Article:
ValCUN, an innovative Belgian startup, has the potential to shake up the 3D printing landscape with its unique method of melting metals through a crucible. This Molten Metal Deposition (MMD) technology stands in stark contrast to traditional laser-powered and binder/sinter-based processes. By using commodity wire as its primary material, the startup aims to keep costs low. Although MMD may not replace many parts produced using typical powder bed fusion methods, it has the potential to open new doors in the 3D printing industry. After securing $1.5 million in funding, ValCUN developed a machine named Minerva, which has recently been acquired by Sirris, a leading Belgian research organization.
Specializing in 3D printing, innovation, and product development, Sirris employs over 150 experts across eight locations. The acquisition of the Minerva machine gives Sirris advanced access to a potentially disruptive technology, further solidifying its leadership in the field. For ValCUN, having a machine on site at an actual client’s facility offers invaluable insights into further product development and improvements. The company claims that its technology can produce parts that are 75% cheaper than other metal technologies. However, the question remains as to which parts and applications could truly benefit from this cost-saving technology. This is where Sirris can play a crucial role, helping ValCUN and prospective clients make MMD technology scalable.
“We are thrilled to announce this collaboration with Sirris. Their expertise in technological research and development perfectly complements the groundbreaking capabilities of our Minerva Printer and its MMD technology. Together, we aim to push the boundaries of what’s achievable in the world of Advanced Manufacturing,” ValCUN CEO Jonas Galle said.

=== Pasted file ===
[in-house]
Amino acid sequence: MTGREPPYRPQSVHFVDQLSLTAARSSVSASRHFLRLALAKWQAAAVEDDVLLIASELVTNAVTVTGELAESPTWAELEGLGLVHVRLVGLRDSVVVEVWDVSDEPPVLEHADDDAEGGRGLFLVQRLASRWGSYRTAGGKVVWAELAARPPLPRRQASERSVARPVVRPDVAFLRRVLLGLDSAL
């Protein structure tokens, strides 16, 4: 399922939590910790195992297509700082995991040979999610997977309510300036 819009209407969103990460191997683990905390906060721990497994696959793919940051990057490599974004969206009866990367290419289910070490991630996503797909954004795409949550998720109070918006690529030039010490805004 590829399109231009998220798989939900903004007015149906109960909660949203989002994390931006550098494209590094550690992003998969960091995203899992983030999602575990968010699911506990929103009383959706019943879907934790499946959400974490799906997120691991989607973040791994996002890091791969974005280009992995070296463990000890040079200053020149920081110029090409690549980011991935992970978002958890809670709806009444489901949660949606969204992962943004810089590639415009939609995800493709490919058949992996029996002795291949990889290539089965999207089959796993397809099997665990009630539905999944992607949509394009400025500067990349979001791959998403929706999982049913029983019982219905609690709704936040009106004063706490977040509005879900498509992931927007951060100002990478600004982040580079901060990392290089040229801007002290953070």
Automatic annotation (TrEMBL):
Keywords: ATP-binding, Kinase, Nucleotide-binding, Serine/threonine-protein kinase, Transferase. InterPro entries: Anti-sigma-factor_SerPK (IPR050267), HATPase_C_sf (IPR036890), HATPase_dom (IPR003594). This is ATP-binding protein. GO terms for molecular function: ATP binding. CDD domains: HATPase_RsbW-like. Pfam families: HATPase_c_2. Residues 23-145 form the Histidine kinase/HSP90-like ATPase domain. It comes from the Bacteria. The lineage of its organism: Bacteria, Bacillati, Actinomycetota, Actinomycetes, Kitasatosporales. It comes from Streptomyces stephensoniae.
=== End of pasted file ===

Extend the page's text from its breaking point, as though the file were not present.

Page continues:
ValCUN aims for its user-friendly Minerva 3D printer to be employed in crafting structural components, heat exchangers, manifolds, and other industrial aluminum parts. This technology stands apart from existing methods, bearing some resemblance to the ElemX technology—first developed by Vader Systems, before it was bought by Xerox and ultimately sold to ADDiTEC. While there are continuous improvements expected in established technologies like directed energy deposition and binder jetting, the molten metal technique introduced by ValCUN could lead to unexpected innovations. For instance, imagine using this technology to create stochastic composite armor for tanks or heat sink layers that double as housing in machine tools. Such innovations could redefine what’s possible in 3D printing, and ValCUN’s entrance into this space is a development that deserves widespread acclaim.
ValCUN is set to unveil its the Minerva Printer, along with the Minerva Print Head that drives it, at Formnext 2023. The Minerva Print Head is capable of being implemented in various systems from robotic arms to production lines. ValCUN’s experts will be present at the trade show to discuss potential applications and use-cases for this potentially disruptive technology.
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